本次木木美术馆的展览中亦有一件曾于1975年在惠特尼美术馆展出的作品——《字母》(“26个”系列,1967)。无论对艺术家的创作历程还是对美国极简主义艺术来说,这件作品都标志着一个重要的转折。根据艺术家的意愿,这件作品的展示形态将由美术馆工作人员决定,由此,作品得以在展期内不断变化,[4]艺术机构和观众也因此被赋予了参与制作和呈现这件作品的机会。



木木美术馆还将展出塔特尔另一件广为人知的作品《纸八边形》,这件作品最早曾在上世纪70年代展出,它拓宽了极简主义和特定场域艺术的边界。“八边形”这一系列作品最初所使用的材料是布,之后是纸,最后艺术家还使用了金属线。这种不断将物体本态简化至几何形的创作持续了五年之久,展现了艺术家对打破艺术及其呈现环境的条条框框的不断关注与投入。

这一系列作品的形态是对正方形的四角进行切割所得到的。[5]当作品被直接固定于展墙之时,墙面在轻薄的纸后若隐若现,展览空间得以与作品融为一体,这也成为了有关艺术与建筑如何交汇之尝试的早期案例。



《金属线》也艺术家的先期代表作之一。这是一系列根据美术馆内特定空间创作、每次呈现均不相同的作品。塔特尔形容其为“抓住了某种无法被重复的经验”。这件作品通常保持在塔特尔作品的惯常体量:艺术家将一根金属线的一端固定在墙面,然后沿着其轮廓在墙上画下一条相仿的线条。由此,艺术家在两条线之间构建起微妙的关联,创造了一种近乎虚幻的深度。更早前创作的一系列作品《线》(1990)采用了与此类似的方式用铅笔在展墙上描绘线条,进而使作品与背景环境不分彼此。



在美术馆主展厅,塔特尔创作了一件与整个建筑空间展开对话的大型特定场域装置。另一组由艺术家专门为此次展览创作的手绘瓷砖将分布于不同展厅中。



此外,艺术家还为本次展览设计了一套自成一体的出版物,包括一本大书和嵌入其中的十本小书。正如艺术家先前所设计制作的那些出版物一样,这套书亦介于艺术作品与书籍之间。可以说,展览及出版物作为尺度、材料、色彩和视觉构建方法在不同文化和社会环境中所自然形成的结果,以非时间顺序的“荚”系统为观者提供了一种特别的研究路径。而以十本书为框架的书籍则游走于有关作品、展览和文本的历史之间,为观者提供了一种全新视角以更好地理解了作品的本质及影响。





关于艺术家



理查德·塔特尔于1941年生于美国新泽西,现工作和生活于缅因、新墨西哥和纽约。他的作品多被纳入全世界最重要的私人和公共收藏之中。其近期回顾展陆续在旧金山现代艺术美术馆、惠特尼美国艺术美术馆、芝加哥当代艺术美术馆、洛杉矶当代艺术美术馆和伦敦白教堂艺术中心展出。他的其他成就包括泰特现代美术馆涡轮大厅的大型委托创作、威尼斯双年展(1976、1997、2001)、卡塞尔文献展(1972、1977、1987)和参展惠特尼双年展(1977、1987、2000)的参展经历等。



关于策展人



王宗孚是一位独立策展人和展览制作人,现居住和工作在上海、伦敦两地。他是纽约Performa的副策展人,同时也曾担任近期出版的《1960-1990东亚表演史》(DRAF2018)的编辑。近年来,王宗孚策划了在以下美术馆及艺术廊的展览:柏林国立博物馆(2019待展)、上海香格纳画廊(2018)、伦敦白教堂美术馆(2018)、伦敦赛迪HQ画廊(2017)、上海Cc基金会&艺术中心(2017)、上海当代艺术馆艺术亭台(2016)、上海chi K11美术馆(2016)、以及伦敦当代艺术学院(2014)。另外,王宗孚也曾参与策划第十二届哈瓦那双年展(2015)以及第九届上海双年展温哥华馆(2012)。王宗孚在多个大学讲授过当代中国艺术相关课程,如东京艺术大学,考陶尔德艺术学院以及伦敦中央圣马丁学院。他也曾在伦敦皇家艺术学院担任客座讲师。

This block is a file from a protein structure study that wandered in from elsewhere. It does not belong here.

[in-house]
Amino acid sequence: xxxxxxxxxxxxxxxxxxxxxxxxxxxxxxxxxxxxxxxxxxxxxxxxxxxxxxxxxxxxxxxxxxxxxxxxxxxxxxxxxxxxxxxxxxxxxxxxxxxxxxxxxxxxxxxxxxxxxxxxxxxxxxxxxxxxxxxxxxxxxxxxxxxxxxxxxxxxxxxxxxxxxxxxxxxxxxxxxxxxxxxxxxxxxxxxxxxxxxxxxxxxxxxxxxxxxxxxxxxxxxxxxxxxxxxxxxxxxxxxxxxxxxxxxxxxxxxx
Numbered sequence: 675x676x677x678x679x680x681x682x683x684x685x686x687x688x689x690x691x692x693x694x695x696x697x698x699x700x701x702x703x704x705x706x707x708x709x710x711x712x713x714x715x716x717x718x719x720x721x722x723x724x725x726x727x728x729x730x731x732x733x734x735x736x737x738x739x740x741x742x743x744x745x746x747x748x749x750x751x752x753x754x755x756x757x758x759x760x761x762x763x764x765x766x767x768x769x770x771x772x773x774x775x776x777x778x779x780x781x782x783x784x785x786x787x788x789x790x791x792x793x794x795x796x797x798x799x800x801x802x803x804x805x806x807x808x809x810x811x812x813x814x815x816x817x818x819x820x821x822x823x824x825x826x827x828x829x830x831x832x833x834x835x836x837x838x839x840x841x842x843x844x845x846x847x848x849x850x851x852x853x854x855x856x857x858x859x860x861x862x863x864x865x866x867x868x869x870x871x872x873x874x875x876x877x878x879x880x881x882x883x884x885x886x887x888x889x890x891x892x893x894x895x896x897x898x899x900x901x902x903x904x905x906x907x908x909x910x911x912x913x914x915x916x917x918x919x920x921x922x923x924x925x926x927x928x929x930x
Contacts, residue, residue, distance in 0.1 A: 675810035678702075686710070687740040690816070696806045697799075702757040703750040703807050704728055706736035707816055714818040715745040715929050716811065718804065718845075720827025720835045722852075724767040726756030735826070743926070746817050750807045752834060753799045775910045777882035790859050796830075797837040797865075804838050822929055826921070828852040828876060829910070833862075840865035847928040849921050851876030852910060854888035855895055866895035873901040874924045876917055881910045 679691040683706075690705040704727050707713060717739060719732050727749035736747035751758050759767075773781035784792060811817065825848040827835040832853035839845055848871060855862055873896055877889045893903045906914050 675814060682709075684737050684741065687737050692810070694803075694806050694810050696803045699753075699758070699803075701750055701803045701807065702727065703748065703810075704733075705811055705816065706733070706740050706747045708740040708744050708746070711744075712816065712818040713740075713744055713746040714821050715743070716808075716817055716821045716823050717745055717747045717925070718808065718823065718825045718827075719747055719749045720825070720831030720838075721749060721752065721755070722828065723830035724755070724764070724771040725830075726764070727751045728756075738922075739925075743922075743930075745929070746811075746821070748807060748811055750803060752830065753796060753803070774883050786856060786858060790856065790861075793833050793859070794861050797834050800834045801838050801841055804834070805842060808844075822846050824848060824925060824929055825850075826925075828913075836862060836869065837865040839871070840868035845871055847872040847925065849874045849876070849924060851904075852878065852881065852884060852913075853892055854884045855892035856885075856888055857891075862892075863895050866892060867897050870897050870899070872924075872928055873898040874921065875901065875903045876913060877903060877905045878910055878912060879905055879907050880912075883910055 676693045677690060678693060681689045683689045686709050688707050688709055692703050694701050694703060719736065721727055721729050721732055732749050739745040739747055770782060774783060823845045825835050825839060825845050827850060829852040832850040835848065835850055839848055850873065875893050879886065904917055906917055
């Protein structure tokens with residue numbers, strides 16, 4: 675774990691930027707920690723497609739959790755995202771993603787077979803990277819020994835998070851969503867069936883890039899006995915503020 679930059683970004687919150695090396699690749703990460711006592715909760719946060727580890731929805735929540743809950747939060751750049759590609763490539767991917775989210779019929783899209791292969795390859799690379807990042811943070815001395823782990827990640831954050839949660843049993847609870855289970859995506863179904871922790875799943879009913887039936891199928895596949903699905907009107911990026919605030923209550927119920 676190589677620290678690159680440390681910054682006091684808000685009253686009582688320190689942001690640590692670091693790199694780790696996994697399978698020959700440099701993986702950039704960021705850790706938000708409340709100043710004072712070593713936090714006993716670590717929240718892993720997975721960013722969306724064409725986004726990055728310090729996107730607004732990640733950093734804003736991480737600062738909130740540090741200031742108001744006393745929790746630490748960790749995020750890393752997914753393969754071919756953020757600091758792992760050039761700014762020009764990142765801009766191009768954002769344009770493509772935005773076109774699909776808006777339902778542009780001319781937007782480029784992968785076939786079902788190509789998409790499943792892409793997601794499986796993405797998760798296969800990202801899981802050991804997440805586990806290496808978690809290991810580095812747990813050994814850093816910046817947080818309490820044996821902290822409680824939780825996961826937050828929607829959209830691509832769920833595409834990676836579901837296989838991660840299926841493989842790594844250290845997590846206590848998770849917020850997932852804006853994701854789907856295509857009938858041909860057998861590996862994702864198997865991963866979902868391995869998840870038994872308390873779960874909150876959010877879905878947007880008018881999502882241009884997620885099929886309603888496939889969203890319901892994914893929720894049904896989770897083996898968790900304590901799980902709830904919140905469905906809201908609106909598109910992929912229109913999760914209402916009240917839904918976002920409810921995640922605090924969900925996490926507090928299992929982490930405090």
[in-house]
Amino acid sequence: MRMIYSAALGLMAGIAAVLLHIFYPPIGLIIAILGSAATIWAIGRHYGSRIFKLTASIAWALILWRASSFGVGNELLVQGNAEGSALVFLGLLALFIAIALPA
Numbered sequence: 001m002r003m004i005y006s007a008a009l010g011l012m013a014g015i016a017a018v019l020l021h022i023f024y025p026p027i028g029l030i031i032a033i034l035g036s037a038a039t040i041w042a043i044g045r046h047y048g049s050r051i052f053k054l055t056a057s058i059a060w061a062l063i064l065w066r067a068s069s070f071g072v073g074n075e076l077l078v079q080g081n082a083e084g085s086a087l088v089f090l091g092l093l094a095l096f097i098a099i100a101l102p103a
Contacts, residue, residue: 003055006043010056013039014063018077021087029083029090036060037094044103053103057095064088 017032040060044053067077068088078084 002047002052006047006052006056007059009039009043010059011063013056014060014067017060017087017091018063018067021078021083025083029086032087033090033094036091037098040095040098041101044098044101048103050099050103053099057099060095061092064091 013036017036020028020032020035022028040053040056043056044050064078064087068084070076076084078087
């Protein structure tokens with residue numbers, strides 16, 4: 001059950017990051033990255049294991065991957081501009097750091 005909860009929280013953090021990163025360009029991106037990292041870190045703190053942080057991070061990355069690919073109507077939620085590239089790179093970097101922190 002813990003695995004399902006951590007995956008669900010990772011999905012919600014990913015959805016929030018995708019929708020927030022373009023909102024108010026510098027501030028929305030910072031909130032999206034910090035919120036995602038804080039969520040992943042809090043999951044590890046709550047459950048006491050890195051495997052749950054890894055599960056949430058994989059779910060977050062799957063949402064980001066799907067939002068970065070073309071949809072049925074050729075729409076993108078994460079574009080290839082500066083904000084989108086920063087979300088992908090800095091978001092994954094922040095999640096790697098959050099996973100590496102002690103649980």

关于 M WOODS 木木美术馆


M WOODS木木美术馆坐落于北京798艺术区,是由收藏家林瀚、雷宛萤(晚晚)和黄勖夫于2014年共同创办的民营非营利美术馆。作为中国本土面向公众的新型全球性艺术平台,M WOODS将定期举办展览,并推出公共活动、艺术出版物以及艺术家驻留计划等项目。美术馆艺术项目主要依托美术馆馆藏,从中国古画石刻到现当代影像装置,以不限于特定时代、地域或媒介的收藏,致力于探寻艺术的普适性、纯粹性及恒久性,从而探索当下美术馆的职责。2015年,M WOODS被官方认证为非盈利的民营美术馆。我们将持续的推出展览与公共教育项目,推动艺术在中国民众中的传播


[1] 原文“Everything Is Below Silence.”为艺术家理查德·塔特尔诗作。本文由策展人王宗孚撰写。

[2] Neal Benezra , Director’s Foreword, The Art of Richard Tuttle, ed. by Madeleine Grynsztejn (San Francisco, CA: San Francisco Museum of Modern Art, 2005), pp 7



[3] Arthur Lubow, ‘The Curse of the Whitney’, New York Times, April 11, 1999, accessed Dec 08, https://www.nytimes.com/1999/04/11/magazine/the-curse-of-the-whitney.html

[4] Madeleine Grynsztejn ‘A Universe of Small Truths’, in: The Art of Richard Tuttle, p. 30

[5] Grynsztejn, p.33